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For safety reasons i think you should toss them away and get a new one.

sanding polishing its a pita, using wax and other compounds may work temporarily but if you get caught in the rain i would be very afraid of it washing out leaving you with a hard to see trough windshield PLUS rain water. thats a recipe for disaster.
 

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My '85's OEM W shield was a hardcoated Lexan, but the hard coating had peeled in places. I polished it all over, but the hard coated parts looked very different from those places where coating was missing. I trashed it soon afterwards, went with Slip streamer wrap around. Did not like distraction of "blotches" of just polished Lexan.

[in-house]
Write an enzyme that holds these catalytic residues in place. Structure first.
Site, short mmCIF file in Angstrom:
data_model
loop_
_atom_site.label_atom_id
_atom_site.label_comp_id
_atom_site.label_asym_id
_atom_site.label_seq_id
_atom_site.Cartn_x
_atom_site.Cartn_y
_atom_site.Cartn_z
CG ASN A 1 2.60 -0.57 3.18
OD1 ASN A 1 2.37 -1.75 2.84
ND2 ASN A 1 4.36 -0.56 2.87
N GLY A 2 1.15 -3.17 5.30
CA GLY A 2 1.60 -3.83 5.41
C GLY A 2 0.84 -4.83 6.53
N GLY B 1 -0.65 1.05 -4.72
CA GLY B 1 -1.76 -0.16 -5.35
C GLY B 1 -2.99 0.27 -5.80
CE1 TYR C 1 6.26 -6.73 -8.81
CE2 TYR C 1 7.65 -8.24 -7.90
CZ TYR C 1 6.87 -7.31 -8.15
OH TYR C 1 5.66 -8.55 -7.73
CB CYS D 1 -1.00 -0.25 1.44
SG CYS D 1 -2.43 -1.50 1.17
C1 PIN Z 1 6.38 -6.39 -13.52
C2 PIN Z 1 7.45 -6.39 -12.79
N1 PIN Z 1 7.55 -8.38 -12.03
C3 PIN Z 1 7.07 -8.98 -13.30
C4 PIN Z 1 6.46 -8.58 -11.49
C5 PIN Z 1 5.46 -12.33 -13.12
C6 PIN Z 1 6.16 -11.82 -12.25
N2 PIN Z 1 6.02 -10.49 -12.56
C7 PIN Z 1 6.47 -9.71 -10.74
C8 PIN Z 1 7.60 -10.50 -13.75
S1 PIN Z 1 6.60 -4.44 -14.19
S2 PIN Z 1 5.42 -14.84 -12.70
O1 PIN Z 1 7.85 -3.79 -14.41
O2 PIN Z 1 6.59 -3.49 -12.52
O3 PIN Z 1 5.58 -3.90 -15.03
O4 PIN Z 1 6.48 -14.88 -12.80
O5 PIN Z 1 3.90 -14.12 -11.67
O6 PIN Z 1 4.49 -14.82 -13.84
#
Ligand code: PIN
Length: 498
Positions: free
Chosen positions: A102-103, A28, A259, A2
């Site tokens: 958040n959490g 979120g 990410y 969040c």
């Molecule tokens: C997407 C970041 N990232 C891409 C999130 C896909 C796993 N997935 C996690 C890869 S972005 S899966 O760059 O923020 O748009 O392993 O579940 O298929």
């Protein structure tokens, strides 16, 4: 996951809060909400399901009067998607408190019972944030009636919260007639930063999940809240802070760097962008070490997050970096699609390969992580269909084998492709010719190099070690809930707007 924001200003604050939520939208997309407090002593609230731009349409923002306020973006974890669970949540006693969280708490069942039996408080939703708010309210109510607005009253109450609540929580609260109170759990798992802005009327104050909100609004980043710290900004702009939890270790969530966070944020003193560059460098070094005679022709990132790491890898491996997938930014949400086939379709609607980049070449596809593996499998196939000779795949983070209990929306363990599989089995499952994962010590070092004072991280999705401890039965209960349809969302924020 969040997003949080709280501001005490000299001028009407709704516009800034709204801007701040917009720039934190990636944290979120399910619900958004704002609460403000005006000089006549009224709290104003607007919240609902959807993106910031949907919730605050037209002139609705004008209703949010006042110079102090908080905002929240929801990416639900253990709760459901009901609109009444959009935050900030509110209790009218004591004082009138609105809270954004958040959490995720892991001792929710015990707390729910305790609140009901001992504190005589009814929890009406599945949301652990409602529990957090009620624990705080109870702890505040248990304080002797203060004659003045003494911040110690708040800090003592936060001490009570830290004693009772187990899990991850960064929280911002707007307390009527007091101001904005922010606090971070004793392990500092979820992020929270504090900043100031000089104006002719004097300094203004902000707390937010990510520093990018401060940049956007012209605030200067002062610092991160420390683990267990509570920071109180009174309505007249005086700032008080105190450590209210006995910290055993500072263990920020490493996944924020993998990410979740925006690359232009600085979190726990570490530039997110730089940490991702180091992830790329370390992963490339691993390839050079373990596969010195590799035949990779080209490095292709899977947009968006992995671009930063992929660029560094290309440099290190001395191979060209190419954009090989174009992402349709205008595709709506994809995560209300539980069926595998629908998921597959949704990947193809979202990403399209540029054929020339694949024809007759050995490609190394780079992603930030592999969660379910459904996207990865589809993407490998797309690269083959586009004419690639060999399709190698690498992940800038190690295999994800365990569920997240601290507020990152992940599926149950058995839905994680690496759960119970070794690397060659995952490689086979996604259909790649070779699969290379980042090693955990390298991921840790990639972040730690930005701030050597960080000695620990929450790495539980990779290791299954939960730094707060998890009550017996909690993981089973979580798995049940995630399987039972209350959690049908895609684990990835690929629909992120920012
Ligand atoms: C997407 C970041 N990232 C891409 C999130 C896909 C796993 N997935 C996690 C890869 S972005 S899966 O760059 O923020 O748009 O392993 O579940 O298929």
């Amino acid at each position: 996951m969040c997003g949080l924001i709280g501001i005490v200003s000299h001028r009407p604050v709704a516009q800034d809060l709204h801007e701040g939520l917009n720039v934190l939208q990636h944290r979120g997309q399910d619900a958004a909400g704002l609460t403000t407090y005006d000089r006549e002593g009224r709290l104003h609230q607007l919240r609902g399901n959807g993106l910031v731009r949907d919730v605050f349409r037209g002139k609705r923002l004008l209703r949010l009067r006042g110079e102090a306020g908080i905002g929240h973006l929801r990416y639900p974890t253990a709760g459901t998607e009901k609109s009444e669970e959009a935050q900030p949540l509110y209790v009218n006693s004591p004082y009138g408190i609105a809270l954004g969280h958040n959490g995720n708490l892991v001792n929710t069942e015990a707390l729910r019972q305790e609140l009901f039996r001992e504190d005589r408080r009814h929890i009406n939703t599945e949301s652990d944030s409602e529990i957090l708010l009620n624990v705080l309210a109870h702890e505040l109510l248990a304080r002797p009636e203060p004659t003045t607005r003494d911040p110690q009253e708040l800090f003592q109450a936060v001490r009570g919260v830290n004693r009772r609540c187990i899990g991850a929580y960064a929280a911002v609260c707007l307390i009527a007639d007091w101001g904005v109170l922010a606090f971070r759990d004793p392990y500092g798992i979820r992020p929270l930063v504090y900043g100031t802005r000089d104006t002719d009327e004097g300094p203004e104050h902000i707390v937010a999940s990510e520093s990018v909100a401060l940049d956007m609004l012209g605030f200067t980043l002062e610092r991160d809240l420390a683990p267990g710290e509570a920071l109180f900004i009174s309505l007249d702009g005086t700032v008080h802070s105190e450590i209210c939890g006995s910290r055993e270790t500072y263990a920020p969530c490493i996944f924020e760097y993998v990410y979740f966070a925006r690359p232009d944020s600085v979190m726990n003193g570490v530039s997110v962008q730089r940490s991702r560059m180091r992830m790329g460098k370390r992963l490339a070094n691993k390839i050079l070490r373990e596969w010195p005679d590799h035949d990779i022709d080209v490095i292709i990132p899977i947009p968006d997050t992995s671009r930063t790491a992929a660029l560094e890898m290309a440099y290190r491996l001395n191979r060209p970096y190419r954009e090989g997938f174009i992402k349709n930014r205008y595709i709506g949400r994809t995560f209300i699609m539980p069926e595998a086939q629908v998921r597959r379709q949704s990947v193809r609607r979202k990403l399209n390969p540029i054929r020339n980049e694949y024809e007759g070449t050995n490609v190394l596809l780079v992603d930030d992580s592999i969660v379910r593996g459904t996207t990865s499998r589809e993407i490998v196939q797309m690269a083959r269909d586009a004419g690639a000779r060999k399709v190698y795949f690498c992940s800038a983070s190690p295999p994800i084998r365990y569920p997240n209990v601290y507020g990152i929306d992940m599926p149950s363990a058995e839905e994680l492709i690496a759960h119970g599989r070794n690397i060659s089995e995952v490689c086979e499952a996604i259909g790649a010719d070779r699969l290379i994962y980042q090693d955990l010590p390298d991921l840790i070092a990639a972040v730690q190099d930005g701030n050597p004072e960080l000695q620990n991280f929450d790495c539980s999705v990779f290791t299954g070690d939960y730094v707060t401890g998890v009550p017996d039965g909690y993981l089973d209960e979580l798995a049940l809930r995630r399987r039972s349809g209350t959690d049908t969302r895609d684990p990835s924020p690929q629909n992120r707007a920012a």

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Many years ago I removed the hard coat from my 86 with polishing compound, then used rubbing compound and then a finer compound like Mothers. Now I just use an occasional wax with/cleaner to re-polish it. Yeah, it was a lot of work but it's kinda neat to have the original shield and it works fine.
 

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I made the mistake of doing the raindance. stripped off a lot of the coating, and can't get it uniform again with regular polishing, and I'm not into sanding it or other harsh chemicals. No issue seeing through it, just has kind of a cosmetic splotchy look depending on how the light hits it.
 

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I made the mistake of doing the raindance. stripped off a lot of the coating, and can't get it uniform again with regular polishing, and I'm not into sanding it or other harsh chemicals. No issue seeing through it, just has kind of a cosmetic splotchy look depending on how the light hits it.

I didn't do any sanding. I just used polishing compound which is coarser than rubbing compound. It took a little time but once the coating was off, the rubbing compound worked pretty good.